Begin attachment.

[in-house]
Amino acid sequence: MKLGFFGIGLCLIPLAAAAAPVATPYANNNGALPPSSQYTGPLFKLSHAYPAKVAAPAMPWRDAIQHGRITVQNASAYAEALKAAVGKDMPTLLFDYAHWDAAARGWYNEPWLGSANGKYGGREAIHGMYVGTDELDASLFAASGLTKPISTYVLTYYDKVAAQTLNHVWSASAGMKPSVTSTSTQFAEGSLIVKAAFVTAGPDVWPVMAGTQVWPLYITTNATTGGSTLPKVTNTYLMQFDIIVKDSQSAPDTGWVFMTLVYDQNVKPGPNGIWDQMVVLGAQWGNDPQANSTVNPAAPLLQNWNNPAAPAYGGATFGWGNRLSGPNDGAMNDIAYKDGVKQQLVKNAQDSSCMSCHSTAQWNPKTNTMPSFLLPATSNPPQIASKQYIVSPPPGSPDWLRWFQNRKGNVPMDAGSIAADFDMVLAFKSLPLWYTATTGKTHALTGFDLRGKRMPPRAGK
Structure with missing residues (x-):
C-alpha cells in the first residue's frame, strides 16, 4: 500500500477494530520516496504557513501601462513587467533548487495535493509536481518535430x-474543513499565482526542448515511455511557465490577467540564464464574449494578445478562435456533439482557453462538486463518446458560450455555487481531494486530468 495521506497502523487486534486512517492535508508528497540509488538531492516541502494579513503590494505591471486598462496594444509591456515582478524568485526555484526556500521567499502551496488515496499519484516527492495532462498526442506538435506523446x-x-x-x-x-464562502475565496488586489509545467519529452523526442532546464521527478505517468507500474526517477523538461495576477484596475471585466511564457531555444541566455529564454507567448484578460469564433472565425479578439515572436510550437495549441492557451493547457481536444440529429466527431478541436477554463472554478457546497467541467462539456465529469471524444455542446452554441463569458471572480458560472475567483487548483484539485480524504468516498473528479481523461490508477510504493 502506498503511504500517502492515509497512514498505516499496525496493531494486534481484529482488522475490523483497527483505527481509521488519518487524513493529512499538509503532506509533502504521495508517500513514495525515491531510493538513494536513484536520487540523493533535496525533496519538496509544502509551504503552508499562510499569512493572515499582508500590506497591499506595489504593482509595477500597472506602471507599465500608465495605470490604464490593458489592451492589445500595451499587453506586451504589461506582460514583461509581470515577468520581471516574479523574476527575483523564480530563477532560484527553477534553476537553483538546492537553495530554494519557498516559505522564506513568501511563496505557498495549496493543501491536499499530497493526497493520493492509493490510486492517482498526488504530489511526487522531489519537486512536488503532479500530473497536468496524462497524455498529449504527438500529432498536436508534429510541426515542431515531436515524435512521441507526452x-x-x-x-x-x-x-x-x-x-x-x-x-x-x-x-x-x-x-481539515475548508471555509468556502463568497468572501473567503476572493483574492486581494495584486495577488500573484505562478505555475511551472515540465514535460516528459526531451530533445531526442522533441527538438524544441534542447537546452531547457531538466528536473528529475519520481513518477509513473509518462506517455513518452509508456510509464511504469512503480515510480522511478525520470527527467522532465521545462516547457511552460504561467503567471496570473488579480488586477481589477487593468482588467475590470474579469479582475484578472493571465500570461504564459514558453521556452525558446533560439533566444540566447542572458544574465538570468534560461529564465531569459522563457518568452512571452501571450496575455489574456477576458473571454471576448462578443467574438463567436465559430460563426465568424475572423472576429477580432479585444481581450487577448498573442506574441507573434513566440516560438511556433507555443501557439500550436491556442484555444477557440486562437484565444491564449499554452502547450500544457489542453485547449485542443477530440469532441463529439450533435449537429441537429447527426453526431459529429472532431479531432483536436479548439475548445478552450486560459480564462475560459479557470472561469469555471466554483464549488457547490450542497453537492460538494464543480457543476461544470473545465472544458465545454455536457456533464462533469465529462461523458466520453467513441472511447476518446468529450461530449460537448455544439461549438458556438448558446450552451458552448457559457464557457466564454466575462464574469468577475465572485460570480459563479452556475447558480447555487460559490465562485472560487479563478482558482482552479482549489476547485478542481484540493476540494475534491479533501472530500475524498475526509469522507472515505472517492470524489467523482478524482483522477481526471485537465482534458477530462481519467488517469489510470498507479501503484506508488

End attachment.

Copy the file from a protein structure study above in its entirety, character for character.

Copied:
[in-house]
Amino acid sequence: MKLGFFGIGLCLIPLAAAAAPVATPYANNNGALPPSSQYTGPLFKLSHAYPAKVAAPAMPWRDAIQHGRITVQNASAYAEALKAAVGKDMPTLLFDYAHWDAAARGWYNEPWLGSANGKYGGREAIHGMYVGTDELDASLFAASGLTKPISTYVLTYYDKVAAQTLNHVWSASAGMKPSVTSTSTQFAEGSLIVKAAFVTAGPDVWPVMAGTQVWPLYITTNATTGGSTLPKVTNTYLMQFDIIVKDSQSAPDTGWVFMTLVYDQNVKPGPNGIWDQMVVLGAQWGNDPQANSTVNPAAPLLQNWNNPAAPAYGGATFGWGNRLSGPNDGAMNDIAYKDGVKQQLVKNAQDSSCMSCHSTAQWNPKTNTMPSFLLPATSNPPQIASKQYIVSPPPGSPDWLRWFQNRKGNVPMDAGSIAADFDMVLAFKSLPLWYTATTGKTHALTGFDLRGKRMPPRAGK
Structure with missing residues (x-):
C-alpha cells in the first residue's frame, strides 16, 4: 500500500477494530520516496504557513501601462513587467533548487495535493509536481518535430x-474543513499565482526542448515511455511557465490577467540564464464574449494578445478562435456533439482557453462538486463518446458560450455555487481531494486530468 495521506497502523487486534486512517492535508508528497540509488538531492516541502494579513503590494505591471486598462496594444509591456515582478524568485526555484526556500521567499502551496488515496499519484516527492495532462498526442506538435506523446x-x-x-x-x-464562502475565496488586489509545467519529452523526442532546464521527478505517468507500474526517477523538461495576477484596475471585466511564457531555444541566455529564454507567448484578460469564433472565425479578439515572436510550437495549441492557451493547457481536444440529429466527431478541436477554463472554478457546497467541467462539456465529469471524444455542446452554441463569458471572480458560472475567483487548483484539485480524504468516498473528479481523461490508477510504493 502506498503511504500517502492515509497512514498505516499496525496493531494486534481484529482488522475490523483497527483505527481509521488519518487524513493529512499538509503532506509533502504521495508517500513514495525515491531510493538513494536513484536520487540523493533535496525533496519538496509544502509551504503552508499562510499569512493572515499582508500590506497591499506595489504593482509595477500597472506602471507599465500608465495605470490604464490593458489592451492589445500595451499587453506586451504589461506582460514583461509581470515577468520581471516574479523574476527575483523564480530563477532560484527553477534553476537553483538546492537553495530554494519557498516559505522564506513568501511563496505557498495549496493543501491536499499530497493526497493520493492509493490510486492517482498526488504530489511526487522531489519537486512536488503532479500530473497536468496524462497524455498529449504527438500529432498536436508534429510541426515542431515531436515524435512521441507526452x-x-x-x-x-x-x-x-x-x-x-x-x-x-x-x-x-x-x-481539515475548508471555509468556502463568497468572501473567503476572493483574492486581494495584486495577488500573484505562478505555475511551472515540465514535460516528459526531451530533445531526442522533441527538438524544441534542447537546452531547457531538466528536473528529475519520481513518477509513473509518462506517455513518452509508456510509464511504469512503480515510480522511478525520470527527467522532465521545462516547457511552460504561467503567471496570473488579480488586477481589477487593468482588467475590470474579469479582475484578472493571465500570461504564459514558453521556452525558446533560439533566444540566447542572458544574465538570468534560461529564465531569459522563457518568452512571452501571450496575455489574456477576458473571454471576448462578443467574438463567436465559430460563426465568424475572423472576429477580432479585444481581450487577448498573442506574441507573434513566440516560438511556433507555443501557439500550436491556442484555444477557440486562437484565444491564449499554452502547450500544457489542453485547449485542443477530440469532441463529439450533435449537429441537429447527426453526431459529429472532431479531432483536436479548439475548445478552450486560459480564462475560459479557470472561469469555471466554483464549488457547490450542497453537492460538494464543480457543476461544470473545465472544458465545454455536457456533464462533469465529462461523458466520453467513441472511447476518446468529450461530449460537448455544439461549438458556438448558446450552451458552448457559457464557457466564454466575462464574469468577475465572485460570480459563479452556475447558480447555487460559490465562485472560487479563478482558482482552479482549489476547485478542481484540493476540494475534491479533501472530500475524498475526509469522507472515505472517492470524489467523482478524482483522477481526471485537465482534458477530462481519467488517469489510470498507479501503484506508488